Protect your skin to avoid getting burned later

Summer is about fun in the sun. But, without taking the right steps to protect your skin from dangerous rays, your fun will eventually run out. And you’ll find yourself dealing with wrinkles, spots and worse — skin cancer.

One in five people will get skin cancer in their lifetime. And there are more new skin cancer cases each year than breast, prostate, lung and colon cancers combined. Melanoma — the deadliest form of skin cancer — tripled between 1973 and 2004. But you don’t have to hide inside. Instead, you can learn to minimize the risks and take the right steps to protect your skin.

Start by staying out of tanning beds. Studies show that these increase your risk of skin cancer by 75 percent! Tanning beds are listed as one of the top cancer risks by the World Health Organization and others. And President Obama recently signed a health bill that charges a 10-percent tax for tanning salon customers.

Even with all of these risks made abundantly clear, 35 percent of 17-year-old girls in America still use tanning booths. And most of these teens also spend time in the sun on a regular basis. It is no surprise that 90 percent of pediatric melanoma cases affect girls ages 10-19.

While people of all ages enjoy the “healthy glow” a tan can give them, it is short lived. In a few years, tanning will make you look older and can damage your eyes. By then, it is often hard to stop, as many find tanning a compulsion or addiction they struggle to leave behind.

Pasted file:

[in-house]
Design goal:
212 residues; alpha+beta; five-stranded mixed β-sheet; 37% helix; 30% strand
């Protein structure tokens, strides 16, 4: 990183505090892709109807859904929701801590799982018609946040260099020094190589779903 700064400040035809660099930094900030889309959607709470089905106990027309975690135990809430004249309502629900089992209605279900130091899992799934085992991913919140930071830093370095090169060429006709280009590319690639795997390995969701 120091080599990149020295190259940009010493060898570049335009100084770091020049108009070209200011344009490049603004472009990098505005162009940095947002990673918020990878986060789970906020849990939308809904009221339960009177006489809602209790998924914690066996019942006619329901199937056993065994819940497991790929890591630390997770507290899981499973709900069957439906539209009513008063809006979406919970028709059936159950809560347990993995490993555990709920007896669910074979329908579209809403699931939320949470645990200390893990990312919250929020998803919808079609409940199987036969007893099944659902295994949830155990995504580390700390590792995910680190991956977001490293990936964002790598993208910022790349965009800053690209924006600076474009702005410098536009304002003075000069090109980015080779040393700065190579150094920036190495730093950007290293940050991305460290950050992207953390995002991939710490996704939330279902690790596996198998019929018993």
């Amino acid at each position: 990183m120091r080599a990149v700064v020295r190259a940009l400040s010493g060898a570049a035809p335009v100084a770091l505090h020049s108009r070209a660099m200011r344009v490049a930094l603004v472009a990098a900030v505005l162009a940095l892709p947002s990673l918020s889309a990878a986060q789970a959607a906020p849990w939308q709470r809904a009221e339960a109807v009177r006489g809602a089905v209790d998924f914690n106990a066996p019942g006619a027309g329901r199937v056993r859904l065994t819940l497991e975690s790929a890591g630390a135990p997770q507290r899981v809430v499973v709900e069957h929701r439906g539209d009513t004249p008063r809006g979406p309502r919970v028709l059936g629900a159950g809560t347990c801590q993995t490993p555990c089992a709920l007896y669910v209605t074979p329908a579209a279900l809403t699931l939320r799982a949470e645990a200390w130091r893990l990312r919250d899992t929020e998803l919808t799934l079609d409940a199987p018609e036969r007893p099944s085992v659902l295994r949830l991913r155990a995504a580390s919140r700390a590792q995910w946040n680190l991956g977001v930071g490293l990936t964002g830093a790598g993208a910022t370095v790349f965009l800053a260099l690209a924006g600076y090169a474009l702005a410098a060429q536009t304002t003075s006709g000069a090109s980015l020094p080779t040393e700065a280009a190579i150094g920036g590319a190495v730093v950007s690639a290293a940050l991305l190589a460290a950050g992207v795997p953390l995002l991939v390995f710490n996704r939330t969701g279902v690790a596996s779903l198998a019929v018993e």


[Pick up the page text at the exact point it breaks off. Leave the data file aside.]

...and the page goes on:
This doesn’t mean that you can’t ever look tan again. Instead of using the tanning bed or baking in the sun, try some of the latest tanning creams and spray tans. These look great — the days of turning orange are over — and you don’t have to worry about the risks.

Other precautions we can all take to reduce our risk of skin cancer:

  • Use sunscreen whenever you are outdoors — even on overcast days
  • Seek shade to help avoid direct sun between 10 a.m. and 4 p.m.
  • Wear a hat, shirt, and sunglasses with 99-100 percent UV absorption.

For more information on how to detect skin cancer, please visit MyHealthScreenings.com for upcoming skin cancer screenings in your area.

We don’t have to stay indoors to avoid skin cancer. We only need to think about the long-term effects the sun can have on our skin while enjoying healthy outdoor activities. So get out, have fun, and be safe under the

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